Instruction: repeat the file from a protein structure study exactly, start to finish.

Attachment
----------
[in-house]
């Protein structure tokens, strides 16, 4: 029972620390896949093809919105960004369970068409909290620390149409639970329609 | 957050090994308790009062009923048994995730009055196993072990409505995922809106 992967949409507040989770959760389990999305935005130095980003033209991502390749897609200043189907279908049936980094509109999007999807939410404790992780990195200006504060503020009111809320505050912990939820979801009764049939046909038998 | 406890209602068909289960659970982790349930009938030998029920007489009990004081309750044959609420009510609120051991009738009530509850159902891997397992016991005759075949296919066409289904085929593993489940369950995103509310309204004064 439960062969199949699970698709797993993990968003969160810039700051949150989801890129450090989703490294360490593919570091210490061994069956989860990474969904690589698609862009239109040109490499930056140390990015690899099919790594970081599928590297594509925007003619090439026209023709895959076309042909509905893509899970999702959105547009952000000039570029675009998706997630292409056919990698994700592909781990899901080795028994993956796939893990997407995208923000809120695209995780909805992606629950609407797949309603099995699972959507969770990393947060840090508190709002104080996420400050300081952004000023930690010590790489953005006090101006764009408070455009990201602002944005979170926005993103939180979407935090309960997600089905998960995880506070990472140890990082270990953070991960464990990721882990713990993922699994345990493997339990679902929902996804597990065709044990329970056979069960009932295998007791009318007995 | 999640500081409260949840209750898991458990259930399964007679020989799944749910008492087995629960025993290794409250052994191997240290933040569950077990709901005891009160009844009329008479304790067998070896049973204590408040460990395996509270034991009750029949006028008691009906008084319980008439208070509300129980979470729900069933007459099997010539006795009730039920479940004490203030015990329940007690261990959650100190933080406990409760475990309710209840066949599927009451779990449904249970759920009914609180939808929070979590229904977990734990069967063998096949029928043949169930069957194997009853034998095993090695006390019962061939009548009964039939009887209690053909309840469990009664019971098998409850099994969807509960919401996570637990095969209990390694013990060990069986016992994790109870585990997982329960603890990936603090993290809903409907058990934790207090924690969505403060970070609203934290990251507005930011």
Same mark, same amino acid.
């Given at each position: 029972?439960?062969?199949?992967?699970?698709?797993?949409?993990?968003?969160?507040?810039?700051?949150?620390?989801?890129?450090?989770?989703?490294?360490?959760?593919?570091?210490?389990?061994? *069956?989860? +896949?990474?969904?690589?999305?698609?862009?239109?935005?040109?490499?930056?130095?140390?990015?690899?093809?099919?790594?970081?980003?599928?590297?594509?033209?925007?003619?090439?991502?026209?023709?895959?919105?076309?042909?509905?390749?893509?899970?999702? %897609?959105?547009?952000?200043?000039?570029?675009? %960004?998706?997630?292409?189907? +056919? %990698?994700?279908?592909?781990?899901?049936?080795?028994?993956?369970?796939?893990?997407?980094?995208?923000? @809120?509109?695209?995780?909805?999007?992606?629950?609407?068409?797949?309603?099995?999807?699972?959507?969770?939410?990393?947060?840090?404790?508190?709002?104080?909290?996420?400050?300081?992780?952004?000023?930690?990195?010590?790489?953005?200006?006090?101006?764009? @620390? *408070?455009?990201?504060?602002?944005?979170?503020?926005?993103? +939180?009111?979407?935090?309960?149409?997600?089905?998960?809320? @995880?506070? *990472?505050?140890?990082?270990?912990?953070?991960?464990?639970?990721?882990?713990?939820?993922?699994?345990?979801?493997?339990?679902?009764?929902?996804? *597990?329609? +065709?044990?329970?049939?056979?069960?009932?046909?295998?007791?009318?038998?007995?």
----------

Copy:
[in-house]
């Protein structure tokens, strides 16, 4: 029972620390896949093809919105960004369970068409909290620390149409639970329609 | 957050090994308790009062009923048994995730009055196993072990409505995922809106 992967949409507040989770959760389990999305935005130095980003033209991502390749897609200043189907279908049936980094509109999007999807939410404790992780990195200006504060503020009111809320505050912990939820979801009764049939046909038998 | 406890209602068909289960659970982790349930009938030998029920007489009990004081309750044959609420009510609120051991009738009530509850159902891997397992016991005759075949296919066409289904085929593993489940369950995103509310309204004064 439960062969199949699970698709797993993990968003969160810039700051949150989801890129450090989703490294360490593919570091210490061994069956989860990474969904690589698609862009239109040109490499930056140390990015690899099919790594970081599928590297594509925007003619090439026209023709895959076309042909509905893509899970999702959105547009952000000039570029675009998706997630292409056919990698994700592909781990899901080795028994993956796939893990997407995208923000809120695209995780909805992606629950609407797949309603099995699972959507969770990393947060840090508190709002104080996420400050300081952004000023930690010590790489953005006090101006764009408070455009990201602002944005979170926005993103939180979407935090309960997600089905998960995880506070990472140890990082270990953070991960464990990721882990713990993922699994345990493997339990679902929902996804597990065709044990329970056979069960009932295998007791009318007995 | 999640500081409260949840209750898991458990259930399964007679020989799944749910008492087995629960025993290794409250052994191997240290933040569950077990709901005891009160009844009329008479304790067998070896049973204590408040460990395996509270034991009750029949006028008691009906008084319980008439208070509300129980979470729900069933007459099997010539006795009730039920479940004490203030015990329940007690261990959650100190933080406990409760475990309710209840066949599927009451779990449904249970759920009914609180939808929070979590229904977990734990069967063998096949029928043949169930069957194997009853034998095993090695006390019962061939009548009964039939009887209690053909309840469990009664019971098998409850099994969807509960919401996570637990095969209990390694013990060990069986016992994790109870585990997982329960603890990936603090993290809903409907058990934790207090924690969505403060970070609203934290990251507005930011």
Same mark, same amino acid.
């Given at each position: 029972?439960?062969?199949?992967?699970?698709?797993?949409?993990?968003?969160?507040?810039?700051?949150?620390?989801?890129?450090?989770?989703?490294?360490?959760?593919?570091?210490?389990?061994? *069956?989860? +896949?990474?969904?690589?999305?698609?862009?239109?935005?040109?490499?930056?130095?140390?990015?690899?093809?099919?790594?970081?980003?599928?590297?594509?033209?925007?003619?090439?991502?026209?023709?895959?919105?076309?042909?509905?390749?893509?899970?999702? %897609?959105?547009?952000?200043?000039?570029?675009? %960004?998706?997630?292409?189907? +056919? %990698?994700?279908?592909?781990?899901?049936?080795?028994?993956?369970?796939?893990?997407?980094?995208?923000? @809120?509109?695209?995780?909805?999007?992606?629950?609407?068409?797949?309603?099995?999807?699972?959507?969770?939410?990393?947060?840090?404790?508190?709002?104080?909290?996420?400050?300081?992780?952004?000023?930690?990195?010590?790489?953005?200006?006090?101006?764009? @620390? *408070?455009?990201?504060?602002?944005?979170?503020?926005?993103? +939180?009111?979407?935090?309960?149409?997600?089905?998960?809320? @995880?506070? *990472?505050?140890?990082?270990?912990?953070?991960?464990?639970?990721?882990?713990?939820?993922?699994?345990?979801?493997?339990?679902?009764?929902?996804? *597990?329609? +065709?044990?329970?049939?056979?069960?009932?046909?295998?007791?009318?038998?007995?």